In context here, consider the claim of a miracle: Jesus “walking on water”. Prof. Hugh Schonfeld has a simple explanation for this: a mistranslation of the Hebrew word “al” which can mean “by” or “on”. So, when a scribe really wrote “walking by the water” it was mistranslated as “walking on the water”.

If one applies the (David) Hume test for miracles here, one therefore asks: Is the Schonfeld claim of mistranslation MORE or LESS miraculous than a man actually violating the law of gravity and walking on water? It doesn’t require a lot of thought, genius or effort to see that the mistranslation of a passage of the New Testament is LESS miraculous (or if you prefer, less improbable) than that a man actually, literally walked on water.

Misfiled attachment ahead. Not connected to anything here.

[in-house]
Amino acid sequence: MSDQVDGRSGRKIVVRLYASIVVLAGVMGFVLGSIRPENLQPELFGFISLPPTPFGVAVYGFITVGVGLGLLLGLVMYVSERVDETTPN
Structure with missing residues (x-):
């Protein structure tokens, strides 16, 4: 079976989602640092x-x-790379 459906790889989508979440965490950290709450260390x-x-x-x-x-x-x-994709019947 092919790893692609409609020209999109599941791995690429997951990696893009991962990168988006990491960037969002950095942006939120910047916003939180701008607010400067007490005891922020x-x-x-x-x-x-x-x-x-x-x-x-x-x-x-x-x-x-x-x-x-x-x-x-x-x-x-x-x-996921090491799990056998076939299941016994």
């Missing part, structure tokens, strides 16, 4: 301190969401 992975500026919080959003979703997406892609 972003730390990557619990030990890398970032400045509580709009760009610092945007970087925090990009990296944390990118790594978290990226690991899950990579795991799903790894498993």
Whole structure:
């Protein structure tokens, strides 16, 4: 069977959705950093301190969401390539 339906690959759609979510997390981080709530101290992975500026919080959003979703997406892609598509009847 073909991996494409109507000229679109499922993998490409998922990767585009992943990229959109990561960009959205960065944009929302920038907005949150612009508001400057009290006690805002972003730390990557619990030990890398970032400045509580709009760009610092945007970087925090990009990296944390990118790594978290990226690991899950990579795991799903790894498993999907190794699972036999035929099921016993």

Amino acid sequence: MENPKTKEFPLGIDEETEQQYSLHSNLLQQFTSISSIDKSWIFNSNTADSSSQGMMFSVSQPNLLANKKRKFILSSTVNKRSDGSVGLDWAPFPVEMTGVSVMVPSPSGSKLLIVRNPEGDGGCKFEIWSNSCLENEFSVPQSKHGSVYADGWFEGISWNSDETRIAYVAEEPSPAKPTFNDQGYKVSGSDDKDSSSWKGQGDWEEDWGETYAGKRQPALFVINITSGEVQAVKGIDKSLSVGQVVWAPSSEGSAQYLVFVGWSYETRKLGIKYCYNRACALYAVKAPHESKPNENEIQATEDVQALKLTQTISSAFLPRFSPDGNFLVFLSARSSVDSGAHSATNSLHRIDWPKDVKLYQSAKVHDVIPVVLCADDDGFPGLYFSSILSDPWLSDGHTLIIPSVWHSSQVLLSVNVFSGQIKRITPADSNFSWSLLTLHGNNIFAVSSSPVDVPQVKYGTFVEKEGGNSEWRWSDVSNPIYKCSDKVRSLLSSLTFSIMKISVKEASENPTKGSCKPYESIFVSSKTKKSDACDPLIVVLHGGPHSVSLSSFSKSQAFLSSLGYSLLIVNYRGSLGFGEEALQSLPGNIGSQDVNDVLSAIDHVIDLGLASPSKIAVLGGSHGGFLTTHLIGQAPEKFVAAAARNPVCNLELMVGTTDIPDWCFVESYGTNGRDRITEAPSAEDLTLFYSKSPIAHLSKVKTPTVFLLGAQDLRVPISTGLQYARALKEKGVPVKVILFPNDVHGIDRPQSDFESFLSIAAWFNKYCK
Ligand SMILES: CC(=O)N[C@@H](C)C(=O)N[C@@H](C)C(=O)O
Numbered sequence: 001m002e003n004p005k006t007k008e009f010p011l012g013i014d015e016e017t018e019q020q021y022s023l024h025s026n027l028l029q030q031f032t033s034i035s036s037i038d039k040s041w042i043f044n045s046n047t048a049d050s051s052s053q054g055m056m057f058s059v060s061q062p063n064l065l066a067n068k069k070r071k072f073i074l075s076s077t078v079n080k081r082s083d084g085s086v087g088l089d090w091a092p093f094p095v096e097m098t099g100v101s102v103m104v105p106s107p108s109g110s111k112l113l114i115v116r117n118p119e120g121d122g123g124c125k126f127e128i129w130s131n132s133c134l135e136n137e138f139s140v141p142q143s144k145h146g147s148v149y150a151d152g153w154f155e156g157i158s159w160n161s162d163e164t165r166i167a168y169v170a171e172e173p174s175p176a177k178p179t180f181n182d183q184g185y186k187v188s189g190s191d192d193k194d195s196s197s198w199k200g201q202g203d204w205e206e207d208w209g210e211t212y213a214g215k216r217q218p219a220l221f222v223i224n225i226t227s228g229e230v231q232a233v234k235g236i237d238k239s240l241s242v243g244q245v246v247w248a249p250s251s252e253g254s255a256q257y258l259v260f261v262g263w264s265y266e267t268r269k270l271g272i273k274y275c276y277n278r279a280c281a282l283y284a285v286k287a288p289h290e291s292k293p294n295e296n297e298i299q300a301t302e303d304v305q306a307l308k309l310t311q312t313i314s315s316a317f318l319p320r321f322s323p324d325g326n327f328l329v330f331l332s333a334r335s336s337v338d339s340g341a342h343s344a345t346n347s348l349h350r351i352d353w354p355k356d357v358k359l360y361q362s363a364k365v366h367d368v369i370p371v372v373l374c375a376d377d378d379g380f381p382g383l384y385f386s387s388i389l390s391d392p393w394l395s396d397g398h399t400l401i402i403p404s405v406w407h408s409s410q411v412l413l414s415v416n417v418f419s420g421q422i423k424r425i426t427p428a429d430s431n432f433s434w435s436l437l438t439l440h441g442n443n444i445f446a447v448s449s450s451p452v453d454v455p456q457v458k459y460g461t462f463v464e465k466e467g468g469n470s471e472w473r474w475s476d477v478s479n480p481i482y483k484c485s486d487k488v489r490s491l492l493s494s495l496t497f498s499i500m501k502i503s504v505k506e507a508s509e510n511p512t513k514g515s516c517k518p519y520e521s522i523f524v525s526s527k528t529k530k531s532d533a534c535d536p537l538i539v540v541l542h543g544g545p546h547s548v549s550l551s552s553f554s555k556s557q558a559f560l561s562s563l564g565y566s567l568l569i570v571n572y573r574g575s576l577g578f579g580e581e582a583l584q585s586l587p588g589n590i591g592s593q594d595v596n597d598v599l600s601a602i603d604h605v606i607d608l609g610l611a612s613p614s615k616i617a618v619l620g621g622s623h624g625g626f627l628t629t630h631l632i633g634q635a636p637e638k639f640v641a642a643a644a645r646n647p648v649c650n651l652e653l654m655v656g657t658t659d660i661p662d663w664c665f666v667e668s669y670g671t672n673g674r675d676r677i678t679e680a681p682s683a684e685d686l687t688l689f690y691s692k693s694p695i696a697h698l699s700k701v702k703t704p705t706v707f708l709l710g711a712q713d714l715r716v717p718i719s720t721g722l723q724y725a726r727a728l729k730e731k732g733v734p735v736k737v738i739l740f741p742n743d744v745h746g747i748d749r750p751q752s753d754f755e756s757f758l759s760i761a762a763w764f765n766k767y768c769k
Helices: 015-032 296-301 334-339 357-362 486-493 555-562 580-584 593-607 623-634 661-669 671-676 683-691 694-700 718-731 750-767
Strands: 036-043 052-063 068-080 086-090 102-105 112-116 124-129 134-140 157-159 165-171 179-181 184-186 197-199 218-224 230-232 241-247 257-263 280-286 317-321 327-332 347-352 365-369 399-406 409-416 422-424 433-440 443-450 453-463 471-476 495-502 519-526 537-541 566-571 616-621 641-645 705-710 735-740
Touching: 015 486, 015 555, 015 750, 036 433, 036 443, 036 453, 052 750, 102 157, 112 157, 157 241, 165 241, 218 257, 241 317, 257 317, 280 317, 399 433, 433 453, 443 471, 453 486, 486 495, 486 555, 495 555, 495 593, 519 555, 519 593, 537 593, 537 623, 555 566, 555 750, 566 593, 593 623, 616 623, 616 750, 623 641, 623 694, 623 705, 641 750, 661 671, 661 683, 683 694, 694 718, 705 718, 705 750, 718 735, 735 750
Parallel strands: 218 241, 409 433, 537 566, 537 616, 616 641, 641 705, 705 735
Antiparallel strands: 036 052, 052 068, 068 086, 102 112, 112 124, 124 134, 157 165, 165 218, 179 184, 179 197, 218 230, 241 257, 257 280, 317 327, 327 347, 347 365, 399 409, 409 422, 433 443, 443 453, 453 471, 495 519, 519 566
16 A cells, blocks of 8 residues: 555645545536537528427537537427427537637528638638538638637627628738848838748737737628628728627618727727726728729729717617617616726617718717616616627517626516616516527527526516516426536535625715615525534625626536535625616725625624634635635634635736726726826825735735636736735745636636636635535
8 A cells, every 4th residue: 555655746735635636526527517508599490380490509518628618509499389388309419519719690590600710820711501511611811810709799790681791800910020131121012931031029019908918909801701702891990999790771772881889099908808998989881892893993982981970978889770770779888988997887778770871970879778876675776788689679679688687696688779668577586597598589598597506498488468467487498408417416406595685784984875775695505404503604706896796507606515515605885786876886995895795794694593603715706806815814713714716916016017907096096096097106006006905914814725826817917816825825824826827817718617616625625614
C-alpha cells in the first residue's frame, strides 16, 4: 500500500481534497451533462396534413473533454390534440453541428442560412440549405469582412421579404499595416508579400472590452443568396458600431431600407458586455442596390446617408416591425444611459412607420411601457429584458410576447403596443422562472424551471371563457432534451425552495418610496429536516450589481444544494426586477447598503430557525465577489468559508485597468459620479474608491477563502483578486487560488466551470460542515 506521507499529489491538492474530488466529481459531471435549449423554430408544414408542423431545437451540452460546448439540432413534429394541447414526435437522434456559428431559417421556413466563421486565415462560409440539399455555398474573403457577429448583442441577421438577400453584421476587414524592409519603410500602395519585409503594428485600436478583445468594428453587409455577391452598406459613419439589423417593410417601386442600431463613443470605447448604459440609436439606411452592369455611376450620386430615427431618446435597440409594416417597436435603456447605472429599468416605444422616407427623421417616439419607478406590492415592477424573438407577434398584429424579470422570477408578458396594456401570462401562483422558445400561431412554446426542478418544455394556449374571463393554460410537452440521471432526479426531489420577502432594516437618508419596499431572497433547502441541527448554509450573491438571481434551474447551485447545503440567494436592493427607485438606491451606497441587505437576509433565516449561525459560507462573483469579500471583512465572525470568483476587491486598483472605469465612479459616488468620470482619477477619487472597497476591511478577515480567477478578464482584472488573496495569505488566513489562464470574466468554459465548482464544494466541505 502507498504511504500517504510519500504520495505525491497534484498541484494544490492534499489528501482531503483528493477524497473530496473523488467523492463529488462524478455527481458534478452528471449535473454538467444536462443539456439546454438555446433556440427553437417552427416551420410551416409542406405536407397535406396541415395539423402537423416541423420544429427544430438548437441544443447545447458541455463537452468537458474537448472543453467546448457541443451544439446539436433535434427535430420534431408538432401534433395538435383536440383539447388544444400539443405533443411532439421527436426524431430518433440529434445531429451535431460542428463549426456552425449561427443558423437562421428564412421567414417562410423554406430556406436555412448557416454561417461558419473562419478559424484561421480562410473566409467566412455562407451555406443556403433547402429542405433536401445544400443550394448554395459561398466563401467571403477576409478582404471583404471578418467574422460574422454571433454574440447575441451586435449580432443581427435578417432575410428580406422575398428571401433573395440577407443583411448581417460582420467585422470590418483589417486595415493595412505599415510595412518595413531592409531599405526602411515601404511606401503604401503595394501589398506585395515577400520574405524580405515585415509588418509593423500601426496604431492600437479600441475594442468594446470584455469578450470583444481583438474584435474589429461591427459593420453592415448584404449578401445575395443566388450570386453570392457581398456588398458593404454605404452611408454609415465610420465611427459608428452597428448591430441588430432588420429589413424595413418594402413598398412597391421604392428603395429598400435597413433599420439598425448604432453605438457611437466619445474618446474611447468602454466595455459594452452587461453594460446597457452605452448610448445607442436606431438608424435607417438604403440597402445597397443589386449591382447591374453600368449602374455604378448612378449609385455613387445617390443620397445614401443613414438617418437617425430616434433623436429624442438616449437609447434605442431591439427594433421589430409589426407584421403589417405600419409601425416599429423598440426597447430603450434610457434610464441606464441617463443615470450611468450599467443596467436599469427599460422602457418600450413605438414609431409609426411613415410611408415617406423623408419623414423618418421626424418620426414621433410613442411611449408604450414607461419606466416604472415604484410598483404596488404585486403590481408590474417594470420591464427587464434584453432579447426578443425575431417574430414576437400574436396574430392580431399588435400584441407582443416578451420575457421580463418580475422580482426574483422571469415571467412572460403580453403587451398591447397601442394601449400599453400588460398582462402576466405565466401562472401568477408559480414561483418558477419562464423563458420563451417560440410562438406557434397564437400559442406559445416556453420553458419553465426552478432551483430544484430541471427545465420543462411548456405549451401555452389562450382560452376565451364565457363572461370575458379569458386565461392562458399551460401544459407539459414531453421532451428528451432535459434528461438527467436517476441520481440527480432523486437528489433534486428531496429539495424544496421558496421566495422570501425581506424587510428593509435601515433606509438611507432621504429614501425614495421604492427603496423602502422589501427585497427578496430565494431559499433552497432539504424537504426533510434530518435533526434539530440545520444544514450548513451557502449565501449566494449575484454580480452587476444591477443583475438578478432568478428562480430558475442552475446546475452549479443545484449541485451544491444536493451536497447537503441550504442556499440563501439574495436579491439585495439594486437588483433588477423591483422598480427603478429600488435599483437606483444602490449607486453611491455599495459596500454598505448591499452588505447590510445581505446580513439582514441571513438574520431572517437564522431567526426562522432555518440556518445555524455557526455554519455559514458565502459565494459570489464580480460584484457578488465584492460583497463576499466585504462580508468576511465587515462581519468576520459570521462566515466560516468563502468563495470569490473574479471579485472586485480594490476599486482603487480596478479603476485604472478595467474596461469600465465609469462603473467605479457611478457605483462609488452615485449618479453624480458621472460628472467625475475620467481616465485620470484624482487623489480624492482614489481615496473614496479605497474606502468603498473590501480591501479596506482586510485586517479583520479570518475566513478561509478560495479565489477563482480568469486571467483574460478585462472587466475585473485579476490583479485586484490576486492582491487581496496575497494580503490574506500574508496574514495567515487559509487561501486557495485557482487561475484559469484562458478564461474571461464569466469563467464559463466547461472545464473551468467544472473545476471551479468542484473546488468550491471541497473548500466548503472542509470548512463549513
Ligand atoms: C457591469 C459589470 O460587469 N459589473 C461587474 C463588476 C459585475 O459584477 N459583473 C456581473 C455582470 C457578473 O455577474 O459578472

Exaggeration, probably by disciples or early biographers eager to inflate the rebel peasant Cynic into a divine entity, and God-man was also feasible. The erstwhile reason was to "convert unbelievers to faith in Jesus as the Messiah, or God" (cf. Rev. Thomas Bokenkotter, in 'A Concise History of the Catholic Church', notes, p. 17) . A simple example would be the changing of water into wine at Cana. This could easily be done using some berries common to the Mediterranean, which Jesus casually squeezed into water, making it change appearance - then by the power of suggestion convincing the witnesses it was "wine".

At the same time, Vermes - and others (Pagels, Crossan) are willing to grant that Jesus could spell bind a crowd with his words, and could "lay bare the inmost core of spiritual truth".
The central problem for the conventional Christian believer inevitably arises: how to reconcile his/her faith in a literal 'God-Man/Savior' Jesus, with the actual historical person. Who was more a radical, "liberal" freedom-fighter against the Roman state. (Again, imagine a well spoken 60s radical, like Yuppie Jerry Rubin, alive and well in the Middle East and dissing all the antiquated Jewish and Roman customs like he dissed the "establishment" in the 60s)